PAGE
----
Ducks and the College Castaway

I like castaway stories.

In fact, the 2000 film, Cast Away had eleven-year-old me so hooked that, in the theater, I prayed Tom Hanks’ volleyball companion, Wilson, would come back after drifting off the raft into the deep dark abyss.

I think that was the first time I ever prayed for a volleyball.

I was a castaway, too, once.

On my third year of college, I moved out from under my parents’ roof for the first time. I rented a room in the basement of a lady’s house. My new campus was a far walk from the house, and I didn’t have a car. It was just me, my bicycle, and the daunting approach of a cruel Upstate New York winter.

Until my first night alone, I didn’t realize how much I clung to my parents, friends, and cozy life at home. The instant my parents drove away, I was struck with fear.

Everything made me panic. I spent what felt like hours trying to attach a U-lock to my bike like my life depended on it. I kept telling myself: “If you don’t get this on right, someone’s going to steal your bike and you’ll spend the semester trudging through snow. You’ll get sick, fail your classes, and spend the next 20+ years paying back thousands of dollars for nothing”. The same panic occurred when I was in a rush to get to class and unplugged my phone during an update (NEVER DO THIS). It went black and I couldn’t breathe until it was fixed.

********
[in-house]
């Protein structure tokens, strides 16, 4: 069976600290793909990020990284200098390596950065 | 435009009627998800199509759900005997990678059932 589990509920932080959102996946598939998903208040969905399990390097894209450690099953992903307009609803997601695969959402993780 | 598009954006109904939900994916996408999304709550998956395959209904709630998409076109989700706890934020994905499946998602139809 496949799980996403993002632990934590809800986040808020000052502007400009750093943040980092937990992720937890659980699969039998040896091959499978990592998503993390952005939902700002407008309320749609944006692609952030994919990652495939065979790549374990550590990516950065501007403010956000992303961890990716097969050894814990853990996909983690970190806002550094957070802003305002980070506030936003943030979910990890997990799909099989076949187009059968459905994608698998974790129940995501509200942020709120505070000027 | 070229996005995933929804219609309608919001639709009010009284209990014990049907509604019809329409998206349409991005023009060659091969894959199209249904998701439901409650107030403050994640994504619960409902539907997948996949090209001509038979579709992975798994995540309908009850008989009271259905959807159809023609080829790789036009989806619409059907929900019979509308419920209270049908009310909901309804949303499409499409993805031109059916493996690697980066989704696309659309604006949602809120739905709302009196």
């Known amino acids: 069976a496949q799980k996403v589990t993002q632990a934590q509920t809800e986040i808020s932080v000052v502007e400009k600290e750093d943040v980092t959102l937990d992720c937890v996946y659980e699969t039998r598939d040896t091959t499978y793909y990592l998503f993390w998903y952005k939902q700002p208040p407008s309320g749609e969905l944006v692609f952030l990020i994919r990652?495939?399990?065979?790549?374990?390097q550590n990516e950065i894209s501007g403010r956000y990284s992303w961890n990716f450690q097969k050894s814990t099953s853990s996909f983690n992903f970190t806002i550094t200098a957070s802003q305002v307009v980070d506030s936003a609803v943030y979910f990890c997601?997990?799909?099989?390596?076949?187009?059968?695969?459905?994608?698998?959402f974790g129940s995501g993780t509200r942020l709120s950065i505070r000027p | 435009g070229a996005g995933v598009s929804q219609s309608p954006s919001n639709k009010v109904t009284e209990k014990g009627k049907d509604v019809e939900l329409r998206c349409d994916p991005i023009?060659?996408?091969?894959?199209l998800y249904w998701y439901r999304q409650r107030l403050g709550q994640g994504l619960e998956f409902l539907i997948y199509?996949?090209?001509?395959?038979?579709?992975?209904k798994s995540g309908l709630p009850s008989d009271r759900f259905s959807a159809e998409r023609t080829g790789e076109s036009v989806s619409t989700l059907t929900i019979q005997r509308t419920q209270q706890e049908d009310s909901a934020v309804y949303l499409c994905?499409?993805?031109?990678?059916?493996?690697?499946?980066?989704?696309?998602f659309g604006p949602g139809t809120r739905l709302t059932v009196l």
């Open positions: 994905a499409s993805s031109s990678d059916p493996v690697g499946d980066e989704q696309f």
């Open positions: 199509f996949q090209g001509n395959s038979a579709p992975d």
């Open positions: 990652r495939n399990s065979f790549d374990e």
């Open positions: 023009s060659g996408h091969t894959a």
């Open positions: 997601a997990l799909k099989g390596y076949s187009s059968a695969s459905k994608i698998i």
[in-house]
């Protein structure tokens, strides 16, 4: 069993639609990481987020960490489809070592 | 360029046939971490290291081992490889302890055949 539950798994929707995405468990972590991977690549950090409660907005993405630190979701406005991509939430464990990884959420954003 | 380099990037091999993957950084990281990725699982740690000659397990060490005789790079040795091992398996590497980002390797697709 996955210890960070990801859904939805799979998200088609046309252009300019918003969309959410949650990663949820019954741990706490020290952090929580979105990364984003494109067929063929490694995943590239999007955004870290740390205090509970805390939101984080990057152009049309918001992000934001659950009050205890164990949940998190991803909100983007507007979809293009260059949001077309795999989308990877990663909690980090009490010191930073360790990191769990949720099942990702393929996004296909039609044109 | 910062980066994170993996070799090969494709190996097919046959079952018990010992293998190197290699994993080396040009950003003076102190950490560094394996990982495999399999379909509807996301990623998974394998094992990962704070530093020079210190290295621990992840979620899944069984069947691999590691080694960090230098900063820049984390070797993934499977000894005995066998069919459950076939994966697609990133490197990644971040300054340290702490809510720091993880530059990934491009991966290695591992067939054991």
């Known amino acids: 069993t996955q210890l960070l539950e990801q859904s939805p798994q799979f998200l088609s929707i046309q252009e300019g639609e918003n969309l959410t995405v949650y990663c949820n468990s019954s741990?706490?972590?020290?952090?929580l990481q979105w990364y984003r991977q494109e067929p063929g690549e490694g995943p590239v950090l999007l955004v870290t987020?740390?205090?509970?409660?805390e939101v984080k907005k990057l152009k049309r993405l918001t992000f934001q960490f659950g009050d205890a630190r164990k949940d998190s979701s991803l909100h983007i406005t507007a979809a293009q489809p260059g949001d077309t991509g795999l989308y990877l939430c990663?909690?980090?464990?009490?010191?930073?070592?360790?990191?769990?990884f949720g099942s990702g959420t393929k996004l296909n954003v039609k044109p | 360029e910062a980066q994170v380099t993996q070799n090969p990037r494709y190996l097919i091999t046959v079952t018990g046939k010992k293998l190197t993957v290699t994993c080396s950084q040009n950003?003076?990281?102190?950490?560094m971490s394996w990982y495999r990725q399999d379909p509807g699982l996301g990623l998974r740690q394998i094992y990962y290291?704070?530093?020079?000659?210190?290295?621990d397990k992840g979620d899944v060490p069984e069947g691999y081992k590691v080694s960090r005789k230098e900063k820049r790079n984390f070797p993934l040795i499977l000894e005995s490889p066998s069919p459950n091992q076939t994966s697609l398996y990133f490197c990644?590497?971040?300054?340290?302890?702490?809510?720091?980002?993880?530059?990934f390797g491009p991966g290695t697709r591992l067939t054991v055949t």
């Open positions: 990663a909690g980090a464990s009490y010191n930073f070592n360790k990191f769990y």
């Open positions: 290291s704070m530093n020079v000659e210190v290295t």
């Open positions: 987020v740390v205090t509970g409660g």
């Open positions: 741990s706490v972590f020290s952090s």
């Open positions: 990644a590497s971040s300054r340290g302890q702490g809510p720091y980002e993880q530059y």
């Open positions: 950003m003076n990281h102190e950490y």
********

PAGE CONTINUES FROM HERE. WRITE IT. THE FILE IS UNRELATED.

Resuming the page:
It was like I spent my whole life floating on a tube that suddenly popped. No more parents arranging my rides, or means to communicate. I had to buy my own groceries, do my own laundry, remember to eat and pay bills. It was like learning to swim by gasping for air.

Solitude strips you of everything. It isolates you from relationships that made you feel loved, important, funny, pretty, or intelligent. It leaves you with no one. No one to blame, and no one to impress. It leaves you with nothing. Just skin and bones.

And you finally see what’s underneath it all.

What’s under the skin and bones.

What lurks inside your core.

On a warm day, I worked on grammar homework near the canal. A paddling of ducks flapped out of the water and waddled over to a nearby tree to gobble up cherries. I plucked some cherries off the picnic table and fed them to a duck. The scene reminded me of words I’ve read:

Look at the birds of the air;

they do not sow or reap or store away in barns,

and yet your heavenly Father feeds them.

Are you not much more valuable than they?”

It’s remarkable to watch ducks approach random trees, expecting a meal, and be fed. It’s even more remarkable to think I can do the same.

This sobering thought kept refining itself in me until my final semester, when I applied for an English teaching job in South Korea. The night I was officially hired, I lay in bed awake, trembling.

My old panic returned: “How will you get your visa on time? How will you eat without knowing Korean? How will you use your phone in a foreign country? What if you can’t stomach the food? What if your glasses break?” – but then it cut short.

I remembered my first night of panic in my room, and that my bike never got stolen, and that God even feeds ducks.

I allowed my comfort to drift off into the deep dark abyss, and my summer in South Korea went on to be one of the most defining seasons of my life.

Next Week…

Speaking of castaways, my next guest is my very own Californian brother, Joshua. Enjoy the sweet, yet unsatisfying taste, of this mock preview.

See you next Monday, October 12th, for the actual episode!

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